A draft version of the contract will be circulated no later than Sept. 20, 2007 for comment by Committee members within 60 days, following which a teleconference would be arranged to address any questions or concerns. The DSP will make the final decision regarding contract language.
Carla Graebner offered to provide documentation on the European Union's depository library contract renewal process to the DSP.
N. Communication and Outreach
Christine Leduc expressed concern that Committee members did not always respond to specific requests for feedback between meetings, and provided little input to the DSP in the form of comments, questions and suggestions. Marc Saint-Pierre asked if the DSP-LAC was the best method of promoting cost-effective communication between the Program and the depository library community, as compared to such initiatives as on-site visits by DSP staff, which have been well received.
Members noted that their advice is provided during the annual meetings, which allow for the sharing of valuable information. It was suggested that in light of the heavy work load of Committee members at their home institutions, the DSP should take a more active role in reminding members of the need for input on various issues and organizing regular conference calls during the year to coordinate follow-up and keep members engaged. DSP was also asked to consider holding a pre-meeting teleconference in order for members to identify agenda topics.
It was suggested that the Committee be constituted in such a way as to provide both "policy" and "operational" perspectives.
It was agreed to retain the Committee in its current form, to expand its "at large" membership to include representation from Canadian colleges, and to hold the next meeting Aug. 25-26 2008 in Ottawa.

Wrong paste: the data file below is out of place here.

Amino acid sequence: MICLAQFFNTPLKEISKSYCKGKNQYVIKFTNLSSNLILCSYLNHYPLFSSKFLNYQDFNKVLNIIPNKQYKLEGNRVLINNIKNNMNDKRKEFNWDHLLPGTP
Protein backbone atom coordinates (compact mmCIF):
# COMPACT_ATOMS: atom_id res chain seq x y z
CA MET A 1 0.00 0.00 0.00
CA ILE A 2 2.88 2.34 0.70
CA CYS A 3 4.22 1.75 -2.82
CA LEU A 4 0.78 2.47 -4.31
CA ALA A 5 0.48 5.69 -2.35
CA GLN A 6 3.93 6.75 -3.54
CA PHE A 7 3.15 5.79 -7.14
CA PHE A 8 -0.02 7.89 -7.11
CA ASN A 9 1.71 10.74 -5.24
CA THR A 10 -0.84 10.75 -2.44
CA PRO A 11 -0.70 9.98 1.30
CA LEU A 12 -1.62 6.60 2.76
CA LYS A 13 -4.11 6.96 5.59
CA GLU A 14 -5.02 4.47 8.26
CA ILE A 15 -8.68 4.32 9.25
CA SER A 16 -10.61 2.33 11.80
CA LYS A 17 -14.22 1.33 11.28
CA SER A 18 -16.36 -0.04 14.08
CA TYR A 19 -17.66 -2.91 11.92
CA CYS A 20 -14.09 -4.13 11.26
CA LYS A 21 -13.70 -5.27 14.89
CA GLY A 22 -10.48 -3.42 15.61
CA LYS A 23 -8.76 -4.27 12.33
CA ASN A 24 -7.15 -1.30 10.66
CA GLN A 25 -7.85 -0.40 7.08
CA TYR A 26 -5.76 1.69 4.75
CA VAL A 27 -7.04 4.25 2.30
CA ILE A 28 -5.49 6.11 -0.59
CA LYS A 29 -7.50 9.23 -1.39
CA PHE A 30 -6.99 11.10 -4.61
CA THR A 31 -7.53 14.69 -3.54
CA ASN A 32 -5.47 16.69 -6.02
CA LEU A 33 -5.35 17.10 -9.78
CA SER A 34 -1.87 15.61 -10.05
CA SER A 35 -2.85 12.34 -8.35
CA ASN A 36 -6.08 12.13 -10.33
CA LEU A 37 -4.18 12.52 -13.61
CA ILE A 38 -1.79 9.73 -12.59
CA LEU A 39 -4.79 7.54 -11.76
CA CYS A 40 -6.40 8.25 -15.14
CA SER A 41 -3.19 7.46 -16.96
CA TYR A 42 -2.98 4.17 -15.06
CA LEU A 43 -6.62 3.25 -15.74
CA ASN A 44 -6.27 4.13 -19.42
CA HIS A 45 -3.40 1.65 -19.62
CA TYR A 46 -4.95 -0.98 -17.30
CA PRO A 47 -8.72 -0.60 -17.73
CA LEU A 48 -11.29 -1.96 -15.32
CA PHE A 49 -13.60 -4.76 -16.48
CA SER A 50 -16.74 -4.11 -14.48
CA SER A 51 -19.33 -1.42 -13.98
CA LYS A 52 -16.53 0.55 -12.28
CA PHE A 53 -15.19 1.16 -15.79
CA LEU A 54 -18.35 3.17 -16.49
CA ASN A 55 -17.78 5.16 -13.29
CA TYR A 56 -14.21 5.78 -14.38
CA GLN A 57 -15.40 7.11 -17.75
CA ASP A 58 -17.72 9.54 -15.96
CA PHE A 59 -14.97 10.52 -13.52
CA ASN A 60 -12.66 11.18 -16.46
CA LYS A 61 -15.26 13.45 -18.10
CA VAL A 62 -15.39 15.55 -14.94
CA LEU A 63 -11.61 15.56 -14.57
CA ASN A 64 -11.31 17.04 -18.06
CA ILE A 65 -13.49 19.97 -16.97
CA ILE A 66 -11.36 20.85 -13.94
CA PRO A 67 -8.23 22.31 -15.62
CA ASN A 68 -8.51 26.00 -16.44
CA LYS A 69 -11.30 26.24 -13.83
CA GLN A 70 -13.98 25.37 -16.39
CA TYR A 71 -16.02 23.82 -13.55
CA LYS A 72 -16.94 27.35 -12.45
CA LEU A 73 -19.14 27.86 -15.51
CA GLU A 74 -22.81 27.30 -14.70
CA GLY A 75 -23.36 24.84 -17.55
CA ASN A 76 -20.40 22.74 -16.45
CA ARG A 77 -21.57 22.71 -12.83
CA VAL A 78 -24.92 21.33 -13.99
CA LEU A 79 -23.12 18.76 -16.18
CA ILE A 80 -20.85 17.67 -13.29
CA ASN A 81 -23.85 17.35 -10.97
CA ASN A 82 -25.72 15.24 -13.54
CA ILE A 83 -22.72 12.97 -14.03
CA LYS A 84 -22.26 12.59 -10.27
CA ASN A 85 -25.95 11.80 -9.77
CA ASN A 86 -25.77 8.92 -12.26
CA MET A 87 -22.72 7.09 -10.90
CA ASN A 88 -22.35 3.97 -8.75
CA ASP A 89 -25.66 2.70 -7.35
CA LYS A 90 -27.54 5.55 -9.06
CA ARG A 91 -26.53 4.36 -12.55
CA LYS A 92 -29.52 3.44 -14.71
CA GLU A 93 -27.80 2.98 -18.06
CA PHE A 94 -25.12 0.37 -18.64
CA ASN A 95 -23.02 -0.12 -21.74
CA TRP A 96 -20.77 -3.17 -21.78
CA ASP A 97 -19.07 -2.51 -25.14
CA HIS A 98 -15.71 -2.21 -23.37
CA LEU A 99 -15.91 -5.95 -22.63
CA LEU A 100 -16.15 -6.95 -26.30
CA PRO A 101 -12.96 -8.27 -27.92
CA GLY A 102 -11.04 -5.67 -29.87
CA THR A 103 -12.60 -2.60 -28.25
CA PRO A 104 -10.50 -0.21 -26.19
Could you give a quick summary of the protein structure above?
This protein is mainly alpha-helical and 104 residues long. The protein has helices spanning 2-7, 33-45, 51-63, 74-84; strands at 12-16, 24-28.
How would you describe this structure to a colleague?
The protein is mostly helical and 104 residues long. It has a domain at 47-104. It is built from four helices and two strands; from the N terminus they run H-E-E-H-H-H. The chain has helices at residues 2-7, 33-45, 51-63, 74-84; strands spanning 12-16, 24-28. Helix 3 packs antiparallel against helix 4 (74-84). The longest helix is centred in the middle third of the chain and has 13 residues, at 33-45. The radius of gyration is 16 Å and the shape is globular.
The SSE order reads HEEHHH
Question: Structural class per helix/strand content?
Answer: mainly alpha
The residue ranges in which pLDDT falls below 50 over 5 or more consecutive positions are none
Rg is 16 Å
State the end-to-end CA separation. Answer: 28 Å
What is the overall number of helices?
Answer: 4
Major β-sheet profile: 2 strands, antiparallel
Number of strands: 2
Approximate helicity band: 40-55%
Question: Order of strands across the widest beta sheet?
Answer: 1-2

O. Action Items
A list of action items from the meeting is attached as Appendix 1.
P. Feedback on Meeting
Members were asked to identify what went well, and what concerns they had with the meeting. These comments are provided as Appendix 2.
DSP-LAC Meeting of Aug. 27-28, 2007 – Ottawa, Ontario
(Depository Services Program – Library Advisory Committee)
Timing to be determined (TBD)
Items with deadlines (in chronological order)
Feedback on Meeting
DSP-LAC Meeting – Aug. 27-28, 2007
(Comments on meeting as a whole gathered at close)
What went well
- Meeting was well organized and facilitated
- Venue was convenient (i.e. meeting room in hotel)
- Good presentations by LAC, STC
- Tour of Library of Parliament
- Members learned much from each other
- Support for Program appreciated by DSP
- Members took on various tasks; DSP hopes that work on action items goes forward and builds momentum
- Insufficient DSP documentation in French (e.g. Terms of Reference)
- Need for more structured involvement by members in planning of the agenda
- Support documents (or at least a summary and/or highlights of issues) for agenda items should be distributed a minimum of one week in advance of meetings
- Objectives for agenda items (i.e. for decision, discussion only, etc.) should be made clear in advance, be included in documentation provided in advance, and reiterated at the outset of deliberations
- Meeting room too small
- Insufficient time for questions following LAC, STC presentations
Originally published: February 18, 2008
Re-published: August 22, 2011
- Date modified: